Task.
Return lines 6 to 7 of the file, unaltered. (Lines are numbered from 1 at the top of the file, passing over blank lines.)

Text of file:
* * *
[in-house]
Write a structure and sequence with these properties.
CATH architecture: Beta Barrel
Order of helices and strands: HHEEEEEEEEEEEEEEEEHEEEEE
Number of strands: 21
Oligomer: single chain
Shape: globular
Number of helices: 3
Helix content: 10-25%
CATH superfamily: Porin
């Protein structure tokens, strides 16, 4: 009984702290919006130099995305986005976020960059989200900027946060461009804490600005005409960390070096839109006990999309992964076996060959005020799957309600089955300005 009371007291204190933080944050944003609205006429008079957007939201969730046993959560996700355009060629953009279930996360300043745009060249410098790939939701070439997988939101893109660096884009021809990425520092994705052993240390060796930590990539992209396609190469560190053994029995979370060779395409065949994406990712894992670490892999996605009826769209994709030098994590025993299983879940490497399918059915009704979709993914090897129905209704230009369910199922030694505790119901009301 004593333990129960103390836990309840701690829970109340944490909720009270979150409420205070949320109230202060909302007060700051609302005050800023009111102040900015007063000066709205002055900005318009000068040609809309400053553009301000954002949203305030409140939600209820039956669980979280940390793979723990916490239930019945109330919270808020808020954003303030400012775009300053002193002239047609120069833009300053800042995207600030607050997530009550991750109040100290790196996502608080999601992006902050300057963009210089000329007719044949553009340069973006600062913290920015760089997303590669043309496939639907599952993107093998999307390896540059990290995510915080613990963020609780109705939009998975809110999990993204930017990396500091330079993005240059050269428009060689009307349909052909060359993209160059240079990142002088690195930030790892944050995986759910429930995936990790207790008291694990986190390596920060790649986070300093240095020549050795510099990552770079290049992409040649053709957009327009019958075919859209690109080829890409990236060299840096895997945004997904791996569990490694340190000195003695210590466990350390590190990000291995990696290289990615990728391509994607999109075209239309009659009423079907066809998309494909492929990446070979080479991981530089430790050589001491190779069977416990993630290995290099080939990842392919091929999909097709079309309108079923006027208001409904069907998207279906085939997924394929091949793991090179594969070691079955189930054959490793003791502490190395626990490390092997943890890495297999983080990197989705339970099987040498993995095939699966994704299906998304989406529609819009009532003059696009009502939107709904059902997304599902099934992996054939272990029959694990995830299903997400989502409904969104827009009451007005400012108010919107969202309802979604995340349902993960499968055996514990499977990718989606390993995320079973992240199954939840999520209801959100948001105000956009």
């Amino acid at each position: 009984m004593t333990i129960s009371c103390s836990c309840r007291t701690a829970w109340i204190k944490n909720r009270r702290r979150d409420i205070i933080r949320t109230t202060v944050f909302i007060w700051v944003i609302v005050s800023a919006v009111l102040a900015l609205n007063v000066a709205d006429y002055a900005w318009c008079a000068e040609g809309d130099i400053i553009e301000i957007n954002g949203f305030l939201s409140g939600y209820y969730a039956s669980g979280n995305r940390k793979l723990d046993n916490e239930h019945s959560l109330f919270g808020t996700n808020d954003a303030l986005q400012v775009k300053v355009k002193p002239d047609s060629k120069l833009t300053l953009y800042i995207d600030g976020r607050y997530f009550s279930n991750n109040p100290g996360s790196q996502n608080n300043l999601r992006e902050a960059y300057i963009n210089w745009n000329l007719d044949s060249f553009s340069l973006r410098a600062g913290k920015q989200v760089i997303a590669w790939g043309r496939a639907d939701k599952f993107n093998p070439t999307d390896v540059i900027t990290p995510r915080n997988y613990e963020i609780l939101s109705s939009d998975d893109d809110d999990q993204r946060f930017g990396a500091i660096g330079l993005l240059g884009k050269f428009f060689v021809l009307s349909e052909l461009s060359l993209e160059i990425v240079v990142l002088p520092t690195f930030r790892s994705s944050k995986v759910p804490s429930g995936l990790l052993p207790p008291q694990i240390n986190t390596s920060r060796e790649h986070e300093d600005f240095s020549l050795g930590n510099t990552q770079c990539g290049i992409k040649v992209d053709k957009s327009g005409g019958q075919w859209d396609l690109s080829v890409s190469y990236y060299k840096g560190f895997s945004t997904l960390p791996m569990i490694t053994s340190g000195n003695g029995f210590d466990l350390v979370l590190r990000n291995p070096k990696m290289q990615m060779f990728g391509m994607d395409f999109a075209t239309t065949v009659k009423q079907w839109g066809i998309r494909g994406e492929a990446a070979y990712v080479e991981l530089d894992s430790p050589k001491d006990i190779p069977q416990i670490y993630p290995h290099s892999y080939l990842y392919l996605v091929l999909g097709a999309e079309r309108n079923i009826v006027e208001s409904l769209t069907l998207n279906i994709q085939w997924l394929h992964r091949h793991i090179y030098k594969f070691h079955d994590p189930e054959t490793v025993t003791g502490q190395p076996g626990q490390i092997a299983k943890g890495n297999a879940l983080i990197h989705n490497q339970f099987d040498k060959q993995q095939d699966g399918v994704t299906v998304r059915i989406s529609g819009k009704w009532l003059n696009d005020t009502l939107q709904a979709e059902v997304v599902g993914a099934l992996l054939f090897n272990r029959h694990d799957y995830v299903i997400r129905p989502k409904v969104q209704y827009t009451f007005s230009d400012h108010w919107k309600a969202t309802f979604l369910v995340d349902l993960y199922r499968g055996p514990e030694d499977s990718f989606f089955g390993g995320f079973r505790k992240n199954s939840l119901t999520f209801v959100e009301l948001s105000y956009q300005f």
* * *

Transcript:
Oligomer: single chain
Shape: globular